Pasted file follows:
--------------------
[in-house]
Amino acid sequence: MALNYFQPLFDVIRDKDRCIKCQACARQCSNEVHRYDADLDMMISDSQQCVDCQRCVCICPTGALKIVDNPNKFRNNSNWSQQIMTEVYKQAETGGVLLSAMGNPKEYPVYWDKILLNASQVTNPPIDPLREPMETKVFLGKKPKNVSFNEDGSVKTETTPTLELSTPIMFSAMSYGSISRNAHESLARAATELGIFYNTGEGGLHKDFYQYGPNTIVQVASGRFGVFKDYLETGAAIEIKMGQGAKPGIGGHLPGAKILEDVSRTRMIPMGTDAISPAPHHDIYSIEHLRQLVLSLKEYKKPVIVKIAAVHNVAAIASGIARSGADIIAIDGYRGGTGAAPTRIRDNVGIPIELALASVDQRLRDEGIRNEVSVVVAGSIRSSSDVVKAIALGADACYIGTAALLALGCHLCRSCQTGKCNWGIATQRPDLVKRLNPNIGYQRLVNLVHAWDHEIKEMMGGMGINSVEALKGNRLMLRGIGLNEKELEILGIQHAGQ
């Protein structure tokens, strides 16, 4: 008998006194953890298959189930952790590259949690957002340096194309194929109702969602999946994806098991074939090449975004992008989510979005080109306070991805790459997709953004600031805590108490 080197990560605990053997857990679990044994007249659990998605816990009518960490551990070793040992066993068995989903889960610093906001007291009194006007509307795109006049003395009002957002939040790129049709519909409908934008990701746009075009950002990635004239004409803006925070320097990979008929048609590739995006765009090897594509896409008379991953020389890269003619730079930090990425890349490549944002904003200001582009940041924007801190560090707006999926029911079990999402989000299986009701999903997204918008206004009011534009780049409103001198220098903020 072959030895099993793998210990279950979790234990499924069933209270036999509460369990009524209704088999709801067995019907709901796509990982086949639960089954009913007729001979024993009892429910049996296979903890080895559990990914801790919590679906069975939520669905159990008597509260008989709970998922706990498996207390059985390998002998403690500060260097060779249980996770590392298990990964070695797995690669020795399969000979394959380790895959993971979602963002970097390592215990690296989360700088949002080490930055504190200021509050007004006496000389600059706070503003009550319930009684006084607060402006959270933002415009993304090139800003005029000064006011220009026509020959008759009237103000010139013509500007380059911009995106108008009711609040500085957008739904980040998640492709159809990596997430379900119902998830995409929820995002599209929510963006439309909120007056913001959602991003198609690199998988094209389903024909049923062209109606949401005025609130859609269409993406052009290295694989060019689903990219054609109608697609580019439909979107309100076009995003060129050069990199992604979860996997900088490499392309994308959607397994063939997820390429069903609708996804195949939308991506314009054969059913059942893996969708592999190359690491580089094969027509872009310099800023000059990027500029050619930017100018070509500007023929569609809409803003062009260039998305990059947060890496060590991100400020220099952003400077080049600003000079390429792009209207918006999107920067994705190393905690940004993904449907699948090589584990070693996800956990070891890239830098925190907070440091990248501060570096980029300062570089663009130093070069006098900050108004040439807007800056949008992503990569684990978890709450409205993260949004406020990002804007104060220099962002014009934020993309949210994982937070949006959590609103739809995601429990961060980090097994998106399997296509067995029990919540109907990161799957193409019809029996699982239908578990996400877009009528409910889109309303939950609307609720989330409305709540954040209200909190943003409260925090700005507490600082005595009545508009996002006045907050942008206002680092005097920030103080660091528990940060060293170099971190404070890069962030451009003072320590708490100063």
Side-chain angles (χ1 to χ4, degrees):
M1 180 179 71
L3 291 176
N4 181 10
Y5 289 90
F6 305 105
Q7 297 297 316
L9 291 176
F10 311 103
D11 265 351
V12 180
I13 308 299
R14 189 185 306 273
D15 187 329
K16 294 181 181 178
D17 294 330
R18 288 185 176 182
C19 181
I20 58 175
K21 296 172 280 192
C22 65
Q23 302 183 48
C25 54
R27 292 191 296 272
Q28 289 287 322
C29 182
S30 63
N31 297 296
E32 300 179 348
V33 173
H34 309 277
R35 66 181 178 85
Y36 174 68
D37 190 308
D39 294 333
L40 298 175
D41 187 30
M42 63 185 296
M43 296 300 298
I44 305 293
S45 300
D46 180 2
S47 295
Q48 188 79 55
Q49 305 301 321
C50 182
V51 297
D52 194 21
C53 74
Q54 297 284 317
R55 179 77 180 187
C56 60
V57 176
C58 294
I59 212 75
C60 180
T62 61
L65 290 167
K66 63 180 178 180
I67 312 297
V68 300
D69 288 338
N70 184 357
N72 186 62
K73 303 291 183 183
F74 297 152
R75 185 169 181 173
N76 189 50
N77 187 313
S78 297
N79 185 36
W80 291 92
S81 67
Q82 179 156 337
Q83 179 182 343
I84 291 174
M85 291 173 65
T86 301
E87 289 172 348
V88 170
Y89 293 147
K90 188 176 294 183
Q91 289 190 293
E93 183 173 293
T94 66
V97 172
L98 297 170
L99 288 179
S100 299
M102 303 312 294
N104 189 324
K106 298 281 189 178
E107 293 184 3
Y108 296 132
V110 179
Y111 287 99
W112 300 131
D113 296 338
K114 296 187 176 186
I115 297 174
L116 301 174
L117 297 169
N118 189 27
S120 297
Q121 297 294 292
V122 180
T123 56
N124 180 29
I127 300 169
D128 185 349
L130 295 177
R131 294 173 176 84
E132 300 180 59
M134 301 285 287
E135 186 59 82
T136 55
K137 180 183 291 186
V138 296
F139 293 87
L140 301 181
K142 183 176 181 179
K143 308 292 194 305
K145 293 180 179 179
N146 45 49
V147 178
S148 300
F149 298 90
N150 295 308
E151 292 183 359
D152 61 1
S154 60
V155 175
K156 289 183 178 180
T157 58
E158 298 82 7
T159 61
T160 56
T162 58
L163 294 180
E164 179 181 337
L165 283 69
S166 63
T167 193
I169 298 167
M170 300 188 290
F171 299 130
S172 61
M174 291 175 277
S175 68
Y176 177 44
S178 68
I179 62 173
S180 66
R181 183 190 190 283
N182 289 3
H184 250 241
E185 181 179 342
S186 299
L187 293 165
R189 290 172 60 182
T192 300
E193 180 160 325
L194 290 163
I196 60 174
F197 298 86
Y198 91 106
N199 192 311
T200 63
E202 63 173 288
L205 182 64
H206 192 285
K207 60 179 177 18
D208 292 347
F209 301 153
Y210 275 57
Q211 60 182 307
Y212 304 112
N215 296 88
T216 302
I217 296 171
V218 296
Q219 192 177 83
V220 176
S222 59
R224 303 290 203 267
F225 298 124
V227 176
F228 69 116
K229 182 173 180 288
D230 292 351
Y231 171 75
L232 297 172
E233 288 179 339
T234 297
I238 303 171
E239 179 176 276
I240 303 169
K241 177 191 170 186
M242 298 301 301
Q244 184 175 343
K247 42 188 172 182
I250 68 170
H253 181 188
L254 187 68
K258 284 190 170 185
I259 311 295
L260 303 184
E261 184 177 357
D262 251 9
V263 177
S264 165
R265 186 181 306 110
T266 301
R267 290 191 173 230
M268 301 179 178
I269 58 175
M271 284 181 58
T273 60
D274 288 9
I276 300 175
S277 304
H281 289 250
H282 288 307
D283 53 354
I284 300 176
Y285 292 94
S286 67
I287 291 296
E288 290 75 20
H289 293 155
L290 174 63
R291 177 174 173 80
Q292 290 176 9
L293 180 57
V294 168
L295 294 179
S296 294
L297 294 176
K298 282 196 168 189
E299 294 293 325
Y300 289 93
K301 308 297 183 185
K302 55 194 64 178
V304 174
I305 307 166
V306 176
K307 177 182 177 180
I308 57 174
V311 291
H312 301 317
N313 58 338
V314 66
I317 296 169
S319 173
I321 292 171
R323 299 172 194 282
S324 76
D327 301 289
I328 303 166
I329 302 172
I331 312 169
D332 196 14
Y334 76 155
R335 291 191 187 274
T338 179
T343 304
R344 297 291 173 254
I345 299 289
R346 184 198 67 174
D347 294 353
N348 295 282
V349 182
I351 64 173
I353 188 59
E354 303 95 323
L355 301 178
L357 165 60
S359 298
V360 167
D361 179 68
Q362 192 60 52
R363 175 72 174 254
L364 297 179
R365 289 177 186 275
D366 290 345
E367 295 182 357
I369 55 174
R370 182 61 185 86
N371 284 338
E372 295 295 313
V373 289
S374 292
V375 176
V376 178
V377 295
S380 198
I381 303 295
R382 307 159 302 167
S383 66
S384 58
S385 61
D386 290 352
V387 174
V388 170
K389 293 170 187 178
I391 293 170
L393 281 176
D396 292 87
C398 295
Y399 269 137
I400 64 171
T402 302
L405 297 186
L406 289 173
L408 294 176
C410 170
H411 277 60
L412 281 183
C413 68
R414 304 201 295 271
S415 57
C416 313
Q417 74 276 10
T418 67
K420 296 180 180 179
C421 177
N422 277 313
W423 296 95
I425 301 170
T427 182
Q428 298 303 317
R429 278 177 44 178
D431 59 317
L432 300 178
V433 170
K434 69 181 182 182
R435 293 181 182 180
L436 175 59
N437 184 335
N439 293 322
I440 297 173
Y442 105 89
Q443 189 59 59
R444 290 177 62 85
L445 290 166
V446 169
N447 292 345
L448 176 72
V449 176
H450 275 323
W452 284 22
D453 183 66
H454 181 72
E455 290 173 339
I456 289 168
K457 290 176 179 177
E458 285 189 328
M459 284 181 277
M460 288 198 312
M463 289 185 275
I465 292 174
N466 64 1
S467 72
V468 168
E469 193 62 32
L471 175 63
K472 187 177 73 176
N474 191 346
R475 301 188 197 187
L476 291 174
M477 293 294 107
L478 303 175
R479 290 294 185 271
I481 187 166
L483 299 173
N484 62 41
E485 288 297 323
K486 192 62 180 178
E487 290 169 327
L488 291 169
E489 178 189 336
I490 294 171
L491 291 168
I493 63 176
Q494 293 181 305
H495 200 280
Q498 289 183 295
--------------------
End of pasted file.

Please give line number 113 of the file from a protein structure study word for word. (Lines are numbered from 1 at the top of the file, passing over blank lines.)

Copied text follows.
D128 185 349